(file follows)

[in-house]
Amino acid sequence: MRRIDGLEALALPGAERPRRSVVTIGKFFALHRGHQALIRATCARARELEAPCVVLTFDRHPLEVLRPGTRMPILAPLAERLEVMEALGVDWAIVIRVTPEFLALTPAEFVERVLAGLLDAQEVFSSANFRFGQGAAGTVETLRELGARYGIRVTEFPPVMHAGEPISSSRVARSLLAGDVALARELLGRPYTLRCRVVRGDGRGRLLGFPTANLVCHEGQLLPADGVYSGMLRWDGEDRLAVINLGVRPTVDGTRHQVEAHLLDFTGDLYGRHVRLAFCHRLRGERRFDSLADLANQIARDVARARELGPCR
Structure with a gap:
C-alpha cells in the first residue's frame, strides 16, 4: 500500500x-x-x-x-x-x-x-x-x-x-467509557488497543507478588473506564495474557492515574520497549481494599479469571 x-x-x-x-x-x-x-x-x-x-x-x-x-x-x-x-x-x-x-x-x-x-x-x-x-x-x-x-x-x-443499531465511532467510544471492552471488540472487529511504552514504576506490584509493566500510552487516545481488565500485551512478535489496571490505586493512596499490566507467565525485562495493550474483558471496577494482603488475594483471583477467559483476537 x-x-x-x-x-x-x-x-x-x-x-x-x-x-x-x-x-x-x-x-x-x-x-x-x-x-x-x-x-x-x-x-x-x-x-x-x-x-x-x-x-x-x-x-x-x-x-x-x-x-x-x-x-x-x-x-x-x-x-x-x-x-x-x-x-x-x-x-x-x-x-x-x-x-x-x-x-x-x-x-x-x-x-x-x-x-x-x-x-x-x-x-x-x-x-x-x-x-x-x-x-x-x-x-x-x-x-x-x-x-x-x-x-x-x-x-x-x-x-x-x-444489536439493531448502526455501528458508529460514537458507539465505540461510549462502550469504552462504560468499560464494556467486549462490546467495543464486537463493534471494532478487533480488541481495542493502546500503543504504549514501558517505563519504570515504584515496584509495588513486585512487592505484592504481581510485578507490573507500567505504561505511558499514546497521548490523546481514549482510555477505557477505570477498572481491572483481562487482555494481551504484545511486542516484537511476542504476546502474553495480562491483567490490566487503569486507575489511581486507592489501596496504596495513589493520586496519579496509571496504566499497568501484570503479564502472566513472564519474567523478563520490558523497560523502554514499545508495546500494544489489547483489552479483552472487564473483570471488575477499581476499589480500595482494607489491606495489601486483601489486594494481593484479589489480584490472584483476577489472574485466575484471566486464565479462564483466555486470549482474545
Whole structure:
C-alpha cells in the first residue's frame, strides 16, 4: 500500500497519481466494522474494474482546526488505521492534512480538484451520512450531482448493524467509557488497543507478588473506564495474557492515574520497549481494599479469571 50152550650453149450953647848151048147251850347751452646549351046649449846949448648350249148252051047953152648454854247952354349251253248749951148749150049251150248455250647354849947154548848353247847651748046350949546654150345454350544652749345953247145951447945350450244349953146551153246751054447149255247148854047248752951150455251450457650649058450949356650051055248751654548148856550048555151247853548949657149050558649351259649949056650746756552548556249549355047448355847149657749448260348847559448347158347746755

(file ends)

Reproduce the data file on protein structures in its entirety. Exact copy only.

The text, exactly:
[in-house]
Amino acid sequence: MRRIDGLEALALPGAERPRRSVVTIGKFFALHRGHQALIRATCARARELEAPCVVLTFDRHPLEVLRPGTRMPILAPLAERLEVMEALGVDWAIVIRVTPEFLALTPAEFVERVLAGLLDAQEVFSSANFRFGQGAAGTVETLRELGARYGIRVTEFPPVMHAGEPISSSRVARSLLAGDVALARELLGRPYTLRCRVVRGDGRGRLLGFPTANLVCHEGQLLPADGVYSGMLRWDGEDRLAVINLGVRPTVDGTRHQVEAHLLDFTGDLYGRHVRLAFCHRLRGERRFDSLADLANQIARDVARARELGPCR
Structure with a gap:
C-alpha cells in the first residue's frame, strides 16, 4: 500500500x-x-x-x-x-x-x-x-x-x-467509557488497543507478588473506564495474557492515574520497549481494599479469571 x-x-x-x-x-x-x-x-x-x-x-x-x-x-x-x-x-x-x-x-x-x-x-x-x-x-x-x-x-x-443499531465511532467510544471492552471488540472487529511504552514504576506490584509493566500510552487516545481488565500485551512478535489496571490505586493512596499490566507467565525485562495493550474483558471496577494482603488475594483471583477467559483476537 x-x-x-x-x-x-x-x-x-x-x-x-x-x-x-x-x-x-x-x-x-x-x-x-x-x-x-x-x-x-x-x-x-x-x-x-x-x-x-x-x-x-x-x-x-x-x-x-x-x-x-x-x-x-x-x-x-x-x-x-x-x-x-x-x-x-x-x-x-x-x-x-x-x-x-x-x-x-x-x-x-x-x-x-x-x-x-x-x-x-x-x-x-x-x-x-x-x-x-x-x-x-x-x-x-x-x-x-x-x-x-x-x-x-x-x-x-x-x-x-x-444489536439493531448502526455501528458508529460514537458507539465505540461510549462502550469504552462504560468499560464494556467486549462490546467495543464486537463493534471494532478487533480488541481495542493502546500503543504504549514501558517505563519504570515504584515496584509495588513486585512487592505484592504481581510485578507490573507500567505504561505511558499514546497521548490523546481514549482510555477505557477505570477498572481491572483481562487482555494481551504484545511486542516484537511476542504476546502474553495480562491483567490490566487503569486507575489511581486507592489501596496504596495513589493520586496519579496509571496504566499497568501484570503479564502472566513472564519474567523478563520490558523497560523502554514499545508495546500494544489489547483489552479483552472487564473483570471488575477499581476499589480500595482494607489491606495489601486483601489486594494481593484479589489480584490472584483476577489472574485466575484471566486464565479462564483466555486470549482474545
Whole structure:
C-alpha cells in the first residue's frame, strides 16, 4: 500500500497519481466494522474494474482546526488505521492534512480538484451520512450531482448493524467509557488497543507478588473506564495474557492515574520497549481494599479469571 50152550650453149450953647848151048147251850347751452646549351046649449846949448648350249148252051047953152648454854247952354349251253248749951148749150049251150248455250647354849947154548848353247847651748046350949546654150345454350544652749345953247145951447945350450244349953146551153246751054447149255247148854047248752951150455251450457650649058450949356650051055248751654548148856550048555151247853548949657149050558649351259649949056650746756552548556249549355047448355847149657749448260348847559448347158347746755